Current issue

March 2024

  • Easter reflection from the Moderator
  • The gifts and challenges of motherhood
  • Cathedral anniversaries


Home  >  Features  >  The Coronavirus Diaries: 'The Lord Will Not Forsake Us'


The Coronavirus Diaries: 'The Lord Will Not Forsake Us'

The Coronavirus Diaries: 'The Lord Will Not Forsake Us'

Wednesday March 3 2021

Sylvia Haddad, Director JCC, National Evangelical Church of Syria and Lebanon, says that Covid-19 is not the country's biggest worry

I am not sure when I noticed that the spark in my daughter’s eyes had faded. Was it during the continuous lockdowns? Was it when her home was destroyed by the massive explosion in Beirut port? Was it when she told her 18-year-old daughter to abandon her dream of studying at a university abroad as the money that she had painstakingly put aside for her after all these years was suddenly almost worthless?

As the weeks pass, I see that same lack of lustre in the eyes of so many people. Yes, even in me.

Like the rest of the world, we are trying to cope with the Covid-19 pandemic. We put on not one, but two face masks for extra safety. We sanitise and wash our hands constantly. We social distance.  We sit out lockdowns. We do all that we have been urged to do. Like most, we pray that we and our loved ones don’t catch the virus.

But truth be told, the virus is not at the forefront of our worries. The country had begun to collapse a few months before Covid-19 reared its ugly head. The ever-worsening economic decline snapped in October 2019, triggering mass anti-government protests across the country.

Then Covid-19 hit. With the lockdowns, the economic crisis deepened. The Lebanese currency lost 80 percent of its value. The prices of everyday household goods skyrocketed, leaving those earning wages in Lebanese Lira struggling to make ends meet and to put food on the table for their families

Moreover, people whose bank accounts were in US dollars were suddenly told that they could no longer draw dollars from banks and ATM machines. The banks imposed capital controls on our accounts. The money we had earned and saved in these accounts was no longer available to us. The dollars were dubbed ‘Lollars’ meaning ‘Lebanese dollars’, and no longer having any real value.

Then, in August last year, when Lebanese people thought it could not get worse, some 2,750 tons of ammonium nitrate, shoddily stored at the Beirut port, exploded. It was one of the largest non-nuclear explosions ever recorded. It killed over 200 people, injured more than 5,000, badly damaged a large swathe of East Beirut, and left an estimated 300,000 people homeless.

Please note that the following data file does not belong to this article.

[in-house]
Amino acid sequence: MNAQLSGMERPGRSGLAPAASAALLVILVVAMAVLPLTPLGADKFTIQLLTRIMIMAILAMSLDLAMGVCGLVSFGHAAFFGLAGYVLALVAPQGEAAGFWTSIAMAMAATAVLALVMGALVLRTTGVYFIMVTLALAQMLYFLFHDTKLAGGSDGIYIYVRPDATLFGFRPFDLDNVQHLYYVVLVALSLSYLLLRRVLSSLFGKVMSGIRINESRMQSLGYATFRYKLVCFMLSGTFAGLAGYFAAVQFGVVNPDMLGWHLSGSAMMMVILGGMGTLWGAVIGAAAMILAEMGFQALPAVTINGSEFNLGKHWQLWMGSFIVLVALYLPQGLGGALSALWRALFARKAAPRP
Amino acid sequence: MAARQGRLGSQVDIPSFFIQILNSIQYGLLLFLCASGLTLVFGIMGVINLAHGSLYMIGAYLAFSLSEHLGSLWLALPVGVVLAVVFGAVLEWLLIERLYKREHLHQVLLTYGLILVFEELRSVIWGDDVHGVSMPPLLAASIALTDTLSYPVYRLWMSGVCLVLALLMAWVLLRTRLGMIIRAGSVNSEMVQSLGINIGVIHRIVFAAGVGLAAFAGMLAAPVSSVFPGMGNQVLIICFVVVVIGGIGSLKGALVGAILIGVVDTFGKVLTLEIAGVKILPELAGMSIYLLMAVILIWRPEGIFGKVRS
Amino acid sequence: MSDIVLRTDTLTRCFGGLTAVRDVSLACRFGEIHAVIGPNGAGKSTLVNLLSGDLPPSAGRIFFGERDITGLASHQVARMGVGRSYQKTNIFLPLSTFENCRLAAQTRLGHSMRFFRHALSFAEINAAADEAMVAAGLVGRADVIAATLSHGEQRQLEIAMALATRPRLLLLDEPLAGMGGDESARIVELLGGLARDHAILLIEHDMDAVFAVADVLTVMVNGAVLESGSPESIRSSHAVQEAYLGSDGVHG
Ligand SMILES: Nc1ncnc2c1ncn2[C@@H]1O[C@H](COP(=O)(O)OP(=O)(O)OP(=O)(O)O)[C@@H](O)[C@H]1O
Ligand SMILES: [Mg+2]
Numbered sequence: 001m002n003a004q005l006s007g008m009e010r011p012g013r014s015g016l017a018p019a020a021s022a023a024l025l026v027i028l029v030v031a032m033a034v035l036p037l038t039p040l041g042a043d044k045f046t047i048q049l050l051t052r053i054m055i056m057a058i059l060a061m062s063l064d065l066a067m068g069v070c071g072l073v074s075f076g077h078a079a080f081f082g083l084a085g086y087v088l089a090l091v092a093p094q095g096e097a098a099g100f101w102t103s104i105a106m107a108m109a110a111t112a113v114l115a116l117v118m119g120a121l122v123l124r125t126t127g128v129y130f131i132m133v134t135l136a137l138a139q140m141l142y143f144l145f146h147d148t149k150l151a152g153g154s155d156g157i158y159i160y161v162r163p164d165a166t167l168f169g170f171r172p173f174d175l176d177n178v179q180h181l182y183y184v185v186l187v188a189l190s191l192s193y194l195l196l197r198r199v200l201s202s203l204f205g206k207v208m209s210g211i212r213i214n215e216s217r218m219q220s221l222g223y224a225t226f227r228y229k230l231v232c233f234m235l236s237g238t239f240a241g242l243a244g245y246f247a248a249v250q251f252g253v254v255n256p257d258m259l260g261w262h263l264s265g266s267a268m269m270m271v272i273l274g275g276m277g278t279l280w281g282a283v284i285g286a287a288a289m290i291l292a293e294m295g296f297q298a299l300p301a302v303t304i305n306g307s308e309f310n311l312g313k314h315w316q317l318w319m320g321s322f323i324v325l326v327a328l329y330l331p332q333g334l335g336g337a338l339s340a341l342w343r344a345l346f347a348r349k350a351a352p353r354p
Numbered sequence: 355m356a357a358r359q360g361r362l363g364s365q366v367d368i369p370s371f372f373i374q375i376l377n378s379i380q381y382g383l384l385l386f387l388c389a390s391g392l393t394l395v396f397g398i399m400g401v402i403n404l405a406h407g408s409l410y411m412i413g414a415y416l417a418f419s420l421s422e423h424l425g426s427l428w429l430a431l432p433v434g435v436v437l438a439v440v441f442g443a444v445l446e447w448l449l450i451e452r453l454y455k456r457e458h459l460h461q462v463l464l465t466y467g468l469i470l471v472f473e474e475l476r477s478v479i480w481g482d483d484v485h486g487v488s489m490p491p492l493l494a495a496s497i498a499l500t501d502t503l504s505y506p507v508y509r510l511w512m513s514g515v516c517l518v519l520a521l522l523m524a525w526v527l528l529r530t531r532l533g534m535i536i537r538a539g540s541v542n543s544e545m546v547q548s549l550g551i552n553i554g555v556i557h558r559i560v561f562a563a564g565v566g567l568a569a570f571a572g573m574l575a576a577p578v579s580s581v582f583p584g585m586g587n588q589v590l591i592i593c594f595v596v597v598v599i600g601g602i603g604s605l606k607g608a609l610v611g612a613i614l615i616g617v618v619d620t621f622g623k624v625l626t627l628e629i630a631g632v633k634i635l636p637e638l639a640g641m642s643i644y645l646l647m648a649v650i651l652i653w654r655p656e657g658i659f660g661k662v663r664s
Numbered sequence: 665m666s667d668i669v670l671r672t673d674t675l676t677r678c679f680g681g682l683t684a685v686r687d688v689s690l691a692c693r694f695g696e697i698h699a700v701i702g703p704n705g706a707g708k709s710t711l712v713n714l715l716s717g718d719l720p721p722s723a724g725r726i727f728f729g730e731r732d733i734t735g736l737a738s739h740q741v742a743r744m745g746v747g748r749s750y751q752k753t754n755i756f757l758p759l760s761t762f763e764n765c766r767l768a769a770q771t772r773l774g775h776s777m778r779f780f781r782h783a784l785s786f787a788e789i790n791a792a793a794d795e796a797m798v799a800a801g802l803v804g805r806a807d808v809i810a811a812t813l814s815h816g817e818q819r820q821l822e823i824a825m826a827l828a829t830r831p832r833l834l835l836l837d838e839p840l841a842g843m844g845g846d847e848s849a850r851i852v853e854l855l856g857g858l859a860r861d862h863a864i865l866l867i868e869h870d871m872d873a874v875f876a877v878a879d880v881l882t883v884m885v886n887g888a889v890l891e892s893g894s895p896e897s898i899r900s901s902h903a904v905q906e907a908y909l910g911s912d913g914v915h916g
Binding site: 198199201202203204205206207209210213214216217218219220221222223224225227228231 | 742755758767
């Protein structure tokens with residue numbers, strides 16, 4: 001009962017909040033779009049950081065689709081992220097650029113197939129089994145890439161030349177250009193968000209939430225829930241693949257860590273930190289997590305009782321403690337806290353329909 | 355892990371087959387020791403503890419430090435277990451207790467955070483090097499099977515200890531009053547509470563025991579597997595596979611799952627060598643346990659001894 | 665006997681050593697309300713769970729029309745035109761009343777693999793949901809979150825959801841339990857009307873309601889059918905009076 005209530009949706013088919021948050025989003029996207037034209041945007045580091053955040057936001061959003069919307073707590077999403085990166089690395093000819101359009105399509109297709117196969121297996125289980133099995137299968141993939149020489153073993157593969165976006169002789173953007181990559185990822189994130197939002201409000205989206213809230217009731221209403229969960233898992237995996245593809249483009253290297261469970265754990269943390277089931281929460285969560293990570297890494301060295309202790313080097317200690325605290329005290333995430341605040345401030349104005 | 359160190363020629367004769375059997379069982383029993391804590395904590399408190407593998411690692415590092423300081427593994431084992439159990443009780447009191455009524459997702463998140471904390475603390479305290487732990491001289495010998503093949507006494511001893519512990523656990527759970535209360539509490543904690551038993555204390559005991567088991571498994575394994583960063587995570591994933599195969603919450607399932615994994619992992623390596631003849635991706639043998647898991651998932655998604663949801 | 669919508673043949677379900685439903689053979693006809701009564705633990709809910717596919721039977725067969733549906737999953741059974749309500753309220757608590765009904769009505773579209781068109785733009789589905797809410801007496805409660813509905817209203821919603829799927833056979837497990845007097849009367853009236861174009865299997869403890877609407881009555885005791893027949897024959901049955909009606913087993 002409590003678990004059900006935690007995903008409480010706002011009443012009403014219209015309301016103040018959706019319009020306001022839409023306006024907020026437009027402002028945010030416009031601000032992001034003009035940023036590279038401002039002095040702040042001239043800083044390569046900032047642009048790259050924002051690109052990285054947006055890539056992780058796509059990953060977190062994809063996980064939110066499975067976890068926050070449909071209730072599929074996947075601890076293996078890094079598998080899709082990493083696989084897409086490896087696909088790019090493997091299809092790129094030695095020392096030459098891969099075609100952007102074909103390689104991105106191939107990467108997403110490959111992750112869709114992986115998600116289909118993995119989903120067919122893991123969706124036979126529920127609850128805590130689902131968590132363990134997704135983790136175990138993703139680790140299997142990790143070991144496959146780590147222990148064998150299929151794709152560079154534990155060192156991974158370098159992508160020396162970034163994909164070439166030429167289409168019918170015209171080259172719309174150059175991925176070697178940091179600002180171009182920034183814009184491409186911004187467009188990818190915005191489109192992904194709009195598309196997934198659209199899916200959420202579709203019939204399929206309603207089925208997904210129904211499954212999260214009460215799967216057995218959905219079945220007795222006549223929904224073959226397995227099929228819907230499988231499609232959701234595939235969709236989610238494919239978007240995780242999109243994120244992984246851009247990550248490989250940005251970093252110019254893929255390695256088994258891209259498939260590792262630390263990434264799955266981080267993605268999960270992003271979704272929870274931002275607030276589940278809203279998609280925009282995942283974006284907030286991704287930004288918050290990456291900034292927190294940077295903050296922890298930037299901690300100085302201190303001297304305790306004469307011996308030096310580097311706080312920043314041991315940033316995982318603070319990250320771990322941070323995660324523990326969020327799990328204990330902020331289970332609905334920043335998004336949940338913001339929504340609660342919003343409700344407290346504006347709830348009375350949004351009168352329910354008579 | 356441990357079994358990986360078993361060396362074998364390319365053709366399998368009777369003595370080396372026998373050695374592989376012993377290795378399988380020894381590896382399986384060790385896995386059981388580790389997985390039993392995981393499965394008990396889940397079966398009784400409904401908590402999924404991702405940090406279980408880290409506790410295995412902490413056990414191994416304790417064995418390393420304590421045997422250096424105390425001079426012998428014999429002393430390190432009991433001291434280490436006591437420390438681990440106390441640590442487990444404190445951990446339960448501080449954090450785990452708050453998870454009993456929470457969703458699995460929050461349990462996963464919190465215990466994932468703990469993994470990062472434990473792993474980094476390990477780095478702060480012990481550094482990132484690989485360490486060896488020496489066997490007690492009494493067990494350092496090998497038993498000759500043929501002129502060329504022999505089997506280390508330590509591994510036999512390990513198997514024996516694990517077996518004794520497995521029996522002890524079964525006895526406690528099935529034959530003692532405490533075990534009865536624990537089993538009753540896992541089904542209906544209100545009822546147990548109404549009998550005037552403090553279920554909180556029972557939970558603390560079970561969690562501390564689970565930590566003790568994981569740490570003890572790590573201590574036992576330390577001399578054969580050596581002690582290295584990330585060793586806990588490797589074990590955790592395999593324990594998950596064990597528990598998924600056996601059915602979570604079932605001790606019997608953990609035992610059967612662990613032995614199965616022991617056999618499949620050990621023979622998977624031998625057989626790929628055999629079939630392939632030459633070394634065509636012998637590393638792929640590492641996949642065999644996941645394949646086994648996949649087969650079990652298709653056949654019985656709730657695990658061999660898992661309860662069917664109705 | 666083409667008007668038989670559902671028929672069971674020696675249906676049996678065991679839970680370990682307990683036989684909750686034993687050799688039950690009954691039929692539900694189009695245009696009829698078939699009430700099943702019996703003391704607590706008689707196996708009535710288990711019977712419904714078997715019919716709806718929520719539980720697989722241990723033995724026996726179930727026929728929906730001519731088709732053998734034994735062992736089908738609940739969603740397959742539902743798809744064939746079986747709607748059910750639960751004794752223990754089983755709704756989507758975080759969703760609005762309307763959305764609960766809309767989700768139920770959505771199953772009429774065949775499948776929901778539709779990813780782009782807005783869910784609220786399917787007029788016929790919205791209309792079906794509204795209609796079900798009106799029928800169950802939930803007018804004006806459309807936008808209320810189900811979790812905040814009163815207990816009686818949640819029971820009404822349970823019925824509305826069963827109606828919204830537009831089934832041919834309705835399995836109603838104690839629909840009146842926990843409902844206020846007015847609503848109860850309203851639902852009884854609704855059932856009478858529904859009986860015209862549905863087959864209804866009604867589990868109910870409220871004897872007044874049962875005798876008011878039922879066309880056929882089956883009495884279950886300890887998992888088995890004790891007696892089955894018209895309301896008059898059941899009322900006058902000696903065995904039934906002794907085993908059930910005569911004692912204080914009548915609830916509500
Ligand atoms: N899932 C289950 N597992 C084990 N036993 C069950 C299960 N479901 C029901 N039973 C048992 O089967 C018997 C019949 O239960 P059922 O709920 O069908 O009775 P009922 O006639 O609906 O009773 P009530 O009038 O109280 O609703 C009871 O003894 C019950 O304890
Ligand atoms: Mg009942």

Hundreds of Lebanese rushed to the devastated site to help the wounded and remove the dead. Lebanese youths, armed with shovels, brooms, helmets, and masks spent weeks afterward cleaning up the rubble from the homes and the streets. It was a touching show of humanity. Unfortunately, it also gave the virus a chance to find new victims. And the virus spread.

Today, those lucky enough to have 'fresh dollars' (real dollars not ‘Lollars’) have left the country. Those who lost their jobs, eagerly await international handouts. Others eye the banks, hoping against hope that their ‘Lollars’ will revert to real dollars. Our hospitals have exceeded their capacities caring for Covid-19 patients, and, to make matters worse, medical supplies and some vital medicines are no longer available.  There are not enough dollars left in Lebanon to make international purchases.

But the Lord will not forsake us, and so we hold on. We pray every day and every moment for an end to Covid-19, for an end to our economic crisis, and to an end to the soaring poverty that surrounds us.

May the Lord be with you and bless you.

The Coronavirus Diaries: reflections from Church of Scotland partners around the world

South Korea: 'It is Time For Christians to Hear the Marginalised'
Cuba: Keep Moving On
Canada: Cracks Have Been Exposed
Kenya: Leave No Child Behind
USA: Homes of Prayer
Mozambique: Give Us This Day Our Daily Bread
A Spaniard in Scotland: The Power of Movement
South Sudan: Being Positive
A Nigerian in Scotland: God is in Charge
Trinidad and Tobago: New Frontiers
Czech Republic: A Challenge for Everybody
Switzerland: An Outpouring of Solidarity and Creativity
The West Bank: A Landscape of Broken Dreams
Nepal: So Many Premature Goodbyes
Malawi: We Must Hold Each Other Close
Nigeria: A Fresh Spiritual Connectedness
Egypt: 'This Is A Time To Witness God'
Guyana: The Strength of our Connectedness
South Korea: A Harsh Reality
Zimbabwe: Convenience or a Wake-up Call?
Sri Lanka: Service is the Highest Form of Worship
USA: Testing Positive
Portugal: The Mission of the Church Has Not Changed
World Council of Churches: A New Dawn is Upon us
Hungary: Physically Distant but Close in Spirit
A German in Scotland: Something New Has Already Begun
Myanmar: We Will Overcome this Hardship
Ghana: This Too Shall Pass
Brazil: The Least We Can Do
Kenya: Caring for One Another in Christ
An Indian in Germany: A Time of Enrichment
Argentina: Time in Between
Malawi: 'My identity in Christ remains unchanged'
Jerusalem: Being Rather than Doing
Malawi: No Lockdown and an Election
Zambia: 'I will never leave you... or forsake you'
Czech Republic: The Covid Cover-up
Zambia: 'All Life is Sacred'
Israel/Palestine: 'The Air is Clear'
Nepal: 'Please Pray for Us'
Malawi: Tough Dilemmas
Italy: 'Together, We Will Get Through It'